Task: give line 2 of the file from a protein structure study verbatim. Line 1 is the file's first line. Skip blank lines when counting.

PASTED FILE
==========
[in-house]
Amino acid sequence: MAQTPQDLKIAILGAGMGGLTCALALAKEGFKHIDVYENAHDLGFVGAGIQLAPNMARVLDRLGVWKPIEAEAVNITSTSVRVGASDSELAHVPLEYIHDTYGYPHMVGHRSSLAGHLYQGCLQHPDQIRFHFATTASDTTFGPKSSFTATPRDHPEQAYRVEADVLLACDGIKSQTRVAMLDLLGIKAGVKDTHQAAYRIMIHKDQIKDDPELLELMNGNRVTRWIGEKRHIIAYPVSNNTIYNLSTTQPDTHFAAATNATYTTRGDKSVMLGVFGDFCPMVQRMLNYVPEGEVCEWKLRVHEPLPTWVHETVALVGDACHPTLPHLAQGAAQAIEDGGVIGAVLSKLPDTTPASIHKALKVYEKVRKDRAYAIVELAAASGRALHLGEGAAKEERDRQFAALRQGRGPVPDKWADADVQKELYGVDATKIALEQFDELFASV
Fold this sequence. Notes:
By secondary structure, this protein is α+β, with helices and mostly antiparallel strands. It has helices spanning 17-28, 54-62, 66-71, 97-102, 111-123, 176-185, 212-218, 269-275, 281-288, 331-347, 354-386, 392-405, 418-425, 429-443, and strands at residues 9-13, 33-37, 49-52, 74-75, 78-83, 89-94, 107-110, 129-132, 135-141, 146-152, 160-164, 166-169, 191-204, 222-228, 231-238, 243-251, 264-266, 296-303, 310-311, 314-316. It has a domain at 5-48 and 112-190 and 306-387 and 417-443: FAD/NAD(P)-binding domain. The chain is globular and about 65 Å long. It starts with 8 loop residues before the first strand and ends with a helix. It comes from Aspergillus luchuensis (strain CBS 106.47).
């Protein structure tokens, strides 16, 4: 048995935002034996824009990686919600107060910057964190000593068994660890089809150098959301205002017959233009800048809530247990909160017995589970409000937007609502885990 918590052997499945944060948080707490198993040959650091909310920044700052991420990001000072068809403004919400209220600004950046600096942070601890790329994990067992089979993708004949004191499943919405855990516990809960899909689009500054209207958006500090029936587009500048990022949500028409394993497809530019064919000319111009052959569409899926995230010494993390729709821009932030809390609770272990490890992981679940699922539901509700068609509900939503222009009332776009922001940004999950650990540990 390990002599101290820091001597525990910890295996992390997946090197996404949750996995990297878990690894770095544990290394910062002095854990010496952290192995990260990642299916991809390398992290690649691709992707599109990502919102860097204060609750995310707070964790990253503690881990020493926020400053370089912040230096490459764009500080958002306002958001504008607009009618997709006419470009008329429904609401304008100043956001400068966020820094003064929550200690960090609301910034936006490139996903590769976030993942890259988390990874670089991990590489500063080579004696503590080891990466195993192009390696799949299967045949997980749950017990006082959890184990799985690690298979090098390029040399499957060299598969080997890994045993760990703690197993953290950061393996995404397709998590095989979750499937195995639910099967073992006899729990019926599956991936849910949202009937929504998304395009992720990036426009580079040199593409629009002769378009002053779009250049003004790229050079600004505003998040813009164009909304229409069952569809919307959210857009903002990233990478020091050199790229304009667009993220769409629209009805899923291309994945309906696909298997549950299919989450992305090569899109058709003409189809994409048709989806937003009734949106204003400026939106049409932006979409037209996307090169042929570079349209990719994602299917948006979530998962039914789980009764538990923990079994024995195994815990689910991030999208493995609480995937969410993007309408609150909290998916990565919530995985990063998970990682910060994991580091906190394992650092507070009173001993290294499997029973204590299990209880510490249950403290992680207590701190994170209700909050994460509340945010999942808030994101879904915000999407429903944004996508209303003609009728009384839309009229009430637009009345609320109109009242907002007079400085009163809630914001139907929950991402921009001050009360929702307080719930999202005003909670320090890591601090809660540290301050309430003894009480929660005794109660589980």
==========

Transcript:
Amino acid sequence: MAQTPQDLKIAILGAGMGGLTCALALAKEGFKHIDVYENAHDLGFVGAGIQLAPNMARVLDRLGVWKPIEAEAVNITSTSVRVGASDSELAHVPLEYIHDTYGYPHMVGHRSSLAGHLYQGCLQHPDQIRFHFATTASDTTFGPKSSFTATPRDHPEQAYRVEADVLLACDGIKSQTRVAMLDLLGIKAGVKDTHQAAYRIMIHKDQIKDDPELLELMNGNRVTRWIGEKRHIIAYPVSNNTIYNLSTTQPDTHFAAATNATYTTRGDKSVMLGVFGDFCPMVQRMLNYVPEGEVCEWKLRVHEPLPTWVHETVALVGDACHPTLPHLAQGAAQAIEDGGVIGAVLSKLPDTTPASIHKALKVYEKVRKDRAYAIVELAAASGRALHLGEGAAKEERDRQFAALRQGRGPVPDKWADADVQKELYGVDATKIALEQFDELFASV